David N. Hempton, a renowned social historian of religion with particular expertise in populist traditions of evangelicalism in Europe and North America, has been named as the first Alonzo L. McDonald Family Professor of Evangelical Theological Studies at Harvard Divinity School. Currently a university professor and professor of the history of Christianity at Boston University, he will join Harvard’s Faculty of Divinity in January 2007 and begin his teaching at the Divinity School (HDS) in September 2007.
“David Hempton’s appointment is an important milestone for HDS,” said Dean William A. Graham in announcing the appointment. “Going forward, we shall now have the collegial presence and gifted teaching of a noted historian of Methodism and evangelical pietism in Britain, Ireland, and North America. His grasp of the present-day, as well as historical, trajectories of evangelical Christianity will greatly enrich our curriculum and our students’ opportunities for mentoring in these areas. We are excited to have him join us.”
The McDonald family chair was first endowed by Alonzo L. McDonald, Harvard M.B.A. ’56 and a member of the HDS Dean’s Council, as a visiting professorship in 1996, and then was funded as a full professorship in May 2004. Confirming the chair in 2004, McDonald, a business leader who was also a member of the administration of President Jimmy Carter in the late 1970s, said of his gift: “I hope it will help students as they prepare for service in theological and social arenas and expand their understanding about one of the major traditions of Christianity that has represented the central stream of beliefs for multiple denominations.”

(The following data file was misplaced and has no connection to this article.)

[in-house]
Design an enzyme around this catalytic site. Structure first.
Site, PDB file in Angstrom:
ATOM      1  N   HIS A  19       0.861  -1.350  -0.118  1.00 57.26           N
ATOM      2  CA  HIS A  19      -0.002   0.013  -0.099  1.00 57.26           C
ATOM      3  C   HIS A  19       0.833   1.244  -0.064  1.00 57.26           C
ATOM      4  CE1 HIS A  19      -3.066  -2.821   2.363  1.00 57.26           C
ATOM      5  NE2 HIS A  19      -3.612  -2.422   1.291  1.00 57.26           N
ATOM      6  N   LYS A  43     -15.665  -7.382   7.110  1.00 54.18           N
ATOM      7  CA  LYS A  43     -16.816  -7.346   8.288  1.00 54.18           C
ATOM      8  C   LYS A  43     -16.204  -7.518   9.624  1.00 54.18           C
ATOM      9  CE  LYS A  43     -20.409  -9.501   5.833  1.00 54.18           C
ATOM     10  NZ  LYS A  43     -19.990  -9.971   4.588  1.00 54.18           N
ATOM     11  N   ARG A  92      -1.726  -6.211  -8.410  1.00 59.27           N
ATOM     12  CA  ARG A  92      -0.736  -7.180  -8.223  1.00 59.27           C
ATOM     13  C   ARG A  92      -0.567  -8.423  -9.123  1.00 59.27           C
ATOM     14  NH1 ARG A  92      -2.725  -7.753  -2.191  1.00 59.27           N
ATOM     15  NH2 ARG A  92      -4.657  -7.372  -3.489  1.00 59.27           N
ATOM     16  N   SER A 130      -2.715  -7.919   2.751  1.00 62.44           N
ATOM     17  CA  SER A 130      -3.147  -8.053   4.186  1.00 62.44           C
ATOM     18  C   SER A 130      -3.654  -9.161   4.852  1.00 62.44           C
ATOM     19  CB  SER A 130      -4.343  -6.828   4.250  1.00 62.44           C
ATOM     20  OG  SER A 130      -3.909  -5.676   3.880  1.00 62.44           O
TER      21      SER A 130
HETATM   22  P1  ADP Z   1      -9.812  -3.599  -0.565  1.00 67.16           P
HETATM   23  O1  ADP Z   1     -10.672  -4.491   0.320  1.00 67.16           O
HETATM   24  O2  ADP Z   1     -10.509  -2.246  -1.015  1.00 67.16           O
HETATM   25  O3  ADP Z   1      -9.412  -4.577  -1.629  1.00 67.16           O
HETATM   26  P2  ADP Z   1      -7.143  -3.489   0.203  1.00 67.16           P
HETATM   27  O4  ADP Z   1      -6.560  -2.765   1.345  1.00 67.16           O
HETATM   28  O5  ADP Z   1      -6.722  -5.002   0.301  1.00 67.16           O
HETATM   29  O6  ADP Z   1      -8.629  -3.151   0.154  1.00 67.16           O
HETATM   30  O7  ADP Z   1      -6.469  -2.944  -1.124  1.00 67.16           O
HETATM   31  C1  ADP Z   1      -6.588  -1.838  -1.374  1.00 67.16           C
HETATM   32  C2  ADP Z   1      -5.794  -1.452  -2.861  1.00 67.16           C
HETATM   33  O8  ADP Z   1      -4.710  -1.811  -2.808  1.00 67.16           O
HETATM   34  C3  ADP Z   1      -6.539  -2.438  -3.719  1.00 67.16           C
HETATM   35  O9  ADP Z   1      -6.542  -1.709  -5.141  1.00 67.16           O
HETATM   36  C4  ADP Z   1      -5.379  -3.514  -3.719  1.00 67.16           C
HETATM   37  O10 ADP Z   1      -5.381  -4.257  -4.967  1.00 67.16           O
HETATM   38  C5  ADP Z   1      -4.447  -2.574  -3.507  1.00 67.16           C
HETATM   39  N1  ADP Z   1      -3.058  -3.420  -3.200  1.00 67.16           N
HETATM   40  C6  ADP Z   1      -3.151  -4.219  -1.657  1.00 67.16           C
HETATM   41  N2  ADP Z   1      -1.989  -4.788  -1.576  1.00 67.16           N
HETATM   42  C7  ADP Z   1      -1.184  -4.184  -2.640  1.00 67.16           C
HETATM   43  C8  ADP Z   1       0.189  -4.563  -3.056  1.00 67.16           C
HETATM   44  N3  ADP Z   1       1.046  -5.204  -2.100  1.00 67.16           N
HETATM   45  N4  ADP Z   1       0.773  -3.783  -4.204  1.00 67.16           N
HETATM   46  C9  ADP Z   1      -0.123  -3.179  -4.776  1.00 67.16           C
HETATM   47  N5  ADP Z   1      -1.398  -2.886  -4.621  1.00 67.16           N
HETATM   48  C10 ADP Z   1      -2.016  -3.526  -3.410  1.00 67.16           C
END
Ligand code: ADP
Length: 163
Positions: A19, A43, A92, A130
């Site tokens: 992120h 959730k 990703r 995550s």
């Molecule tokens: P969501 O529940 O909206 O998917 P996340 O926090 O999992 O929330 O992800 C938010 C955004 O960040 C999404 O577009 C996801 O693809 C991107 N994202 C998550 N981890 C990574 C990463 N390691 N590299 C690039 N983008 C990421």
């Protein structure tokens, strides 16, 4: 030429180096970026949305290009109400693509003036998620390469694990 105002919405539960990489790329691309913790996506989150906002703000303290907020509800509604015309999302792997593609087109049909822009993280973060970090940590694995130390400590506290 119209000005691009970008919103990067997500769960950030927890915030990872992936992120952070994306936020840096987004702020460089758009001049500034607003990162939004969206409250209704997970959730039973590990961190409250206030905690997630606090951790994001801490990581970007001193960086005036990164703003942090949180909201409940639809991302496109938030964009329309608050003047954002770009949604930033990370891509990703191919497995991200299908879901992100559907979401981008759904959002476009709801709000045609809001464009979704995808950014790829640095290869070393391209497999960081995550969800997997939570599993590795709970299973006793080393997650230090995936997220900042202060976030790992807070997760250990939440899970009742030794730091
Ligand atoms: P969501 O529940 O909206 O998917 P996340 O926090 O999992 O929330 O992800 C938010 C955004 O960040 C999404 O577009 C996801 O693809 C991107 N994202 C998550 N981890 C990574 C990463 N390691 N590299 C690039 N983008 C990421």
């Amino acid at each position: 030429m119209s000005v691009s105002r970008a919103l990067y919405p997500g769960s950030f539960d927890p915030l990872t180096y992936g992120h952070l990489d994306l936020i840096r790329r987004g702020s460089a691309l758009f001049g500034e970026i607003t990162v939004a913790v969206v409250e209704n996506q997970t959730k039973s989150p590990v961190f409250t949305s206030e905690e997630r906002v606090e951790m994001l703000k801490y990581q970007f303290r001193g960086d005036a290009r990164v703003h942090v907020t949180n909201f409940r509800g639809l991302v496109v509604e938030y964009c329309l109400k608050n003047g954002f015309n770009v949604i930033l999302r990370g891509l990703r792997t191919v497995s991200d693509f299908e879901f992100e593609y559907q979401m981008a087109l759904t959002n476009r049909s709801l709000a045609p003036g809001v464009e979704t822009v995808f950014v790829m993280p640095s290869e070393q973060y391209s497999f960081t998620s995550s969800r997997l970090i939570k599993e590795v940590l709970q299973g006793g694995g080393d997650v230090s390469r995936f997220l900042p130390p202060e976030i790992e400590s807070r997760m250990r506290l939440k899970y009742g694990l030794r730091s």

Hempton’s research and teaching interests range across religion and political culture, identity and ethnic conflict, the interdisciplinary study of lived religion, comparative secularization in Europe and North America, the history and theology of evangelical Protestantism, and the rise of the holiness traditions. Reacting to his Harvard appointment, he said: “The evangelical tradition, broadly conceived, has grown from inauspicious beginnings in the early 18th century, when it was regarded as the weak-minded religion of the enthusiastic rabble, to the self-designated faith tradition of over a quarter of all Americans and countless millions around the world. As the McDonald Professor of Evangelical Theological Studies, my aim is to stimulate interest, research, and serious scholarship in this tradition within the Harvard community and beyond. I shall work collegially and purposefully to bring the study of evangelicalism into a much larger conversation about the nature and function of religion in past and present societies.”
Before joining the Boston University faculty in 1998, Hempton was the professor of modern history and director of the school of history at Queen’s University of Belfast, where he had taught since 1979. (He received a B.A. degree from Queen’s in 1974, and a Ph.D. from the University of St. Andrews in 1977.) He is the author of many articles and books, including “Methodism: Empire of the Spirit” (Yale, 2005), winner of the Jesse Lee Prize; “Religion and Political Culture in Britain and Ireland” (Cambridge, 1996); “The Religion of the People” (Routledge, 1996); “Evangelical Protestantism in Ulster Society 1740-1890” (Routledge, 1992); and “Methodism and Politics in British Society 1750-1850” (Stanford, 1984), winner of the Whitfield Prize of the Royal Historical Society.
He is a fellow of the Royal Historical Society, and in recent years delivered the F.D. Maurice Lectures at King’s College London and was Boston University’s scholar/teacher of the year. He is currently working on a book about evangelical disenchantment narratives and on a global history of Christianity in the early modern period.